- Food: Forbidden Black Rice
- Writer: Nicolas Wilson
- Content-Type: Food Blog
The forbidden black rice is rich in iron and fiber and has a nutty, wonderful flavor. Continue reading to discover how to prepare this eye-catching, healthy grain!
Last spring, I discovered a canister of black rice while searching through my cupboard. I hadn’t been to the store with Jack in days. The black rice was a welcome change after munching our way through boxes of spaghetti and bags of white rice.
Black rice, often known as forbidden rice, had been one of my favorite grains when we lived in Austin because of its nutty flavor and beautiful purple color.
I would get it from the bulk bins at the supermarket, anxious to incorporate it into salads and bowls once I got home.
Although we ate black rice frequently throughout the spring, summer, and fall, I’m delighted to say that it has returned to the menu at our home permanently. I’m not sure why it was taken out of the rotation when we moved.
What is forbidden rice?
You might be wondering what forbidden rice is if you’ve only ever cooked white rice and brown rice.
It’s a reasonable inquiry. Rare is the heritage rice variety. Its poor yield in comparison to other kinds of rice means that less of it is produced than cultivars with better yields that are more common.
It was rare even in ancient China. The fact that only ancient Chinese nobility was permitted to consume it gives forbidden rice its name.
Black rice is still worthwhile to search for. I enjoy the chewy texture and nutty flavor of this food, which is also quite nourishing. Its dark color is a result of anthocyanins, potent antioxidants.
It is also a whole-grain rice variety and is high in iron. Why does that matter? In contrast to white rice, its outer layer is preserved throughout processing. It, therefore, contains a lot of fiber. You’re going to adore it, I believe!
Cooking Black Rice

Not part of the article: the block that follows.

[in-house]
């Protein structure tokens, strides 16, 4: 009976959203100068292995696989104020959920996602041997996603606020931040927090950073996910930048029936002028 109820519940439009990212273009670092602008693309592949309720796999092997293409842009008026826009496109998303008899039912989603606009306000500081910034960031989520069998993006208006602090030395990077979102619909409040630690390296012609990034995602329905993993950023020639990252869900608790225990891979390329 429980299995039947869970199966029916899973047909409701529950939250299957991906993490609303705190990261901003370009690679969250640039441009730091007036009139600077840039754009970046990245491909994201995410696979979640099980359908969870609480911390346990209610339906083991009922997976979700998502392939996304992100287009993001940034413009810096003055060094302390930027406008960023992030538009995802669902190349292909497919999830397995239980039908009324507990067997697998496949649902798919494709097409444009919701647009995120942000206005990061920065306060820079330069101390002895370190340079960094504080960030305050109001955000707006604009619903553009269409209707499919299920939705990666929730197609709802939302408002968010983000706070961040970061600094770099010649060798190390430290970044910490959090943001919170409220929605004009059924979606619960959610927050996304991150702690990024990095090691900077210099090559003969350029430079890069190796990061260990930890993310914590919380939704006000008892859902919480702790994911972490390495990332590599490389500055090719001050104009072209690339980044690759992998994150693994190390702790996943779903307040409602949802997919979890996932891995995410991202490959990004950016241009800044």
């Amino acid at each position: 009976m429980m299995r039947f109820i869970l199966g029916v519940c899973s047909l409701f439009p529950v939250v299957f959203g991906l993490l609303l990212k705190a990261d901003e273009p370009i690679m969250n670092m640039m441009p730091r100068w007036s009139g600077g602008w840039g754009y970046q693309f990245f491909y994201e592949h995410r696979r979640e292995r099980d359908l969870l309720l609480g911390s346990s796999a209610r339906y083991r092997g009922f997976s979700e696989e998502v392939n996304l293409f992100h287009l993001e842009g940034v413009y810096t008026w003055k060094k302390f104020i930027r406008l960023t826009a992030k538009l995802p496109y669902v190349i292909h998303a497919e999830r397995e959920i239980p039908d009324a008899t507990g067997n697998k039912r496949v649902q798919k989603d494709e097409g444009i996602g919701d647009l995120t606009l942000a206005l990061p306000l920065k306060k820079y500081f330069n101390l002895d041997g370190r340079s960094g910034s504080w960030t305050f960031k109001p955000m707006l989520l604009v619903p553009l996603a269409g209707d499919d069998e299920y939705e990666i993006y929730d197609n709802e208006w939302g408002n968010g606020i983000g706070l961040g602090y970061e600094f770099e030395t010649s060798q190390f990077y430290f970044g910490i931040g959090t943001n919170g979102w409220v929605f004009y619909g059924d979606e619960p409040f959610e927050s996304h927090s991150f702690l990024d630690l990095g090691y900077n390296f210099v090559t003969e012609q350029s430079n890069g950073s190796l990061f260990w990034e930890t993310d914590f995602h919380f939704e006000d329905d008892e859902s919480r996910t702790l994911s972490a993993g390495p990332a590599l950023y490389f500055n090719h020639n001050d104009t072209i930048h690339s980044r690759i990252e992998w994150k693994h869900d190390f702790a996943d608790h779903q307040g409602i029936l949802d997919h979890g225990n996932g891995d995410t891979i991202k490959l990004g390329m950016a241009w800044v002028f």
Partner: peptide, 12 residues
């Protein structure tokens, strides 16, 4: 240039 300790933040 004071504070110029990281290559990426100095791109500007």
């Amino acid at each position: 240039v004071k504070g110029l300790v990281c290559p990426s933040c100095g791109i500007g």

Black rice is easy to prepare on a stove. It resembles brown rice cooking a lot! What you must do is as follows:
- Rinse the rice first. This procedure aids in removing carbohydrates that might contribute to clumping while cooking.
- Then put it in a saucepan with a lid. Add 1 teaspoon of olive oil and 1 3/4 cups of water to each cup of rice. Boil for a few minutes, then turn down the heat, cover the pot, and simmer for 30 minutes.
- Allow the rice to steam for the last time. After removing it from the heat, leave it covered for an additional 10 minutes.
Use a fork to fluff, then savor!
Ideas for Serving Black Rice
Use your favorite rice recipes to season the rice with salt and pepper and serve it as a side dish! I enjoy making grain bowls with prohibited black rice as the foundation. Make your bowl with the following ingredients.
- The rice! Make a bed of cooked forbidden black rice first.
- A protein. With baked tofu, baked tempeh, and baked eggs, black rice pairs incredibly well. Try cooking them sunny-side-up or soft-boiling them.
- Your preferred vegetables. Add a few handfuls of fresh greens, radishes that have been thinly sliced, or carrot shavings. Also delicious would be roasted broccoli, asparagus, Brussels sprouts, or butternut squash. There are countless alternatives.
- A delicious sauce Use peanut sauce, tahini dressing, gochujang sauce, or cilantro lime dressing to bind everything together.
Forbidden Black Rice
|5 minutes to prepare
40 minutes to cook
Black rice, often known as forbidden rice, is flavorful, nutty, and full of fiber and antioxidants. It makes a great side dish or complement to salads, grain bowls, and other dishes.
- 1 cup uncooked forbidden black rice, rinsed
- 1¾ cups water
- 1 teaspoon extra-virgin olive oil
- Rice, water, and olive oil are combined in a medium pot and brought to a boil. For 30 minutes, simmer with the lid on and the heat on low.
- Remove from the heat and let it sit, covered, for 10 more minutes. Fluff with a fork.